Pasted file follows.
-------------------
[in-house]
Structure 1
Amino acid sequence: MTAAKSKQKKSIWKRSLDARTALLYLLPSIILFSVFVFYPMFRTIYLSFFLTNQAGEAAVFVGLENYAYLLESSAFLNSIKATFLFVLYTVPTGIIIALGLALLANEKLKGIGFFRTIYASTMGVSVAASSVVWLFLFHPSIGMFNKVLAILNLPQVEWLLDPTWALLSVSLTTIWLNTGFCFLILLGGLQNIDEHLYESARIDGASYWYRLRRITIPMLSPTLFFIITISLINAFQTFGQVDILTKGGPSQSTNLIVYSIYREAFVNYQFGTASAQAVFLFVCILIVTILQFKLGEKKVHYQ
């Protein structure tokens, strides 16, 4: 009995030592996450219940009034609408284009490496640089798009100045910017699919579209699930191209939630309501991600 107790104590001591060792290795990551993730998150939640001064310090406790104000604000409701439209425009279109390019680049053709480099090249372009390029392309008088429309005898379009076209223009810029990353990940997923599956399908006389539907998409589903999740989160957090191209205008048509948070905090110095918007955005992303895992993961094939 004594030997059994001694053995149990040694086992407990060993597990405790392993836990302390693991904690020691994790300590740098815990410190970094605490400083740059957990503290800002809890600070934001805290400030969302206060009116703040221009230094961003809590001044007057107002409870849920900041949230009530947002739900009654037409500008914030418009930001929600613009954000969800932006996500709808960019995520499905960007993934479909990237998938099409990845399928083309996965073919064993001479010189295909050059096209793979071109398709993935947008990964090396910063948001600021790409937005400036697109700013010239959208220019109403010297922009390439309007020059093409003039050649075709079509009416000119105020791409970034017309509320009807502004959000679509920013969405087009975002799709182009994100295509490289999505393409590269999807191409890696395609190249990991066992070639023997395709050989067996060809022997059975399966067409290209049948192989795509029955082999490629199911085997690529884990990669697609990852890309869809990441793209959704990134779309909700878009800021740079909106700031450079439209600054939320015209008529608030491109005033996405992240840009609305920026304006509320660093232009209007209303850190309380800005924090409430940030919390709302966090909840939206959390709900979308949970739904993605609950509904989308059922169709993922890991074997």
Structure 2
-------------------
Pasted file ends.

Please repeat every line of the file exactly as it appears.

[in-house]
Structure 1
Amino acid sequence: MTAAKSKQKKSIWKRSLDARTALLYLLPSIILFSVFVFYPMFRTIYLSFFLTNQAGEAAVFVGLENYAYLLESSAFLNSIKATFLFVLYTVPTGIIIALGLALLANEKLKGIGFFRTIYASTMGVSVAASSVVWLFLFHPSIGMFNKVLAILNLPQVEWLLDPTWALLSVSLTTIWLNTGFCFLILLGGLQNIDEHLYESARIDGASYWYRLRRITIPMLSPTLFFIITISLINAFQTFGQVDILTKGGPSQSTNLIVYSIYREAFVNYQFGTASAQAVFLFVCILIVTILQFKLGEKKVHYQ
């Protein structure tokens, strides 16, 4: 009995030592996450219940009034609408284009490496640089798009100045910017699919579209699930191209939630309501991600 107790104590001591060792290795990551993730998150939640001064310090406790104000604000409701439209425009279109390019680049053709480099090249372009390029392309008088429309005898379009076209223009810029990353990940997923599956399908006389539907998409589903999740989160957090191209205008048509948070905090110095918007955005992303895992993961094939 004594030997059994001694053995149990040694086992407990060993597990405790392993836990302390693991904690020691994790300590740098815990410190970094605490400083740059957990503290800002809890600070934001805290400030969302206060009116703040221009230094961003809590001044007057107002409870849920900041949230009530947002739900009654037409500008914030418009930001929600613009954000969800932006996500709808960019995520499905960007993934479909990237998938099409990845399928083309996965073919064993001479010189295909050059096209793979071109398709993935947008990964090396910063948001600021790409937005400036697109700013010239959208220019109403010297922009390439309007020059093409003039050649075709079509009416000119105020791409970034017309509320009807502004959000679509920013969405087009975002799709182009994100295509490289999505393409590269999807191409890696395609190249990991066992070639023997395709050989067996060809022997059975399966067409290209049948192989795509029955082999490629199911085997690529884990990669697609990852890309869809990441793209959704990134779309909700878009800021740079909106700031450079439209600054939320015209008529608030491109005033996405992240840009609305920026304006509320660093232009209007209303850190309380800005924090409430940030919390709302966090909840939206959390709900979308949970739904993605609950509904989308059922169709993922890991074997």
Structure 2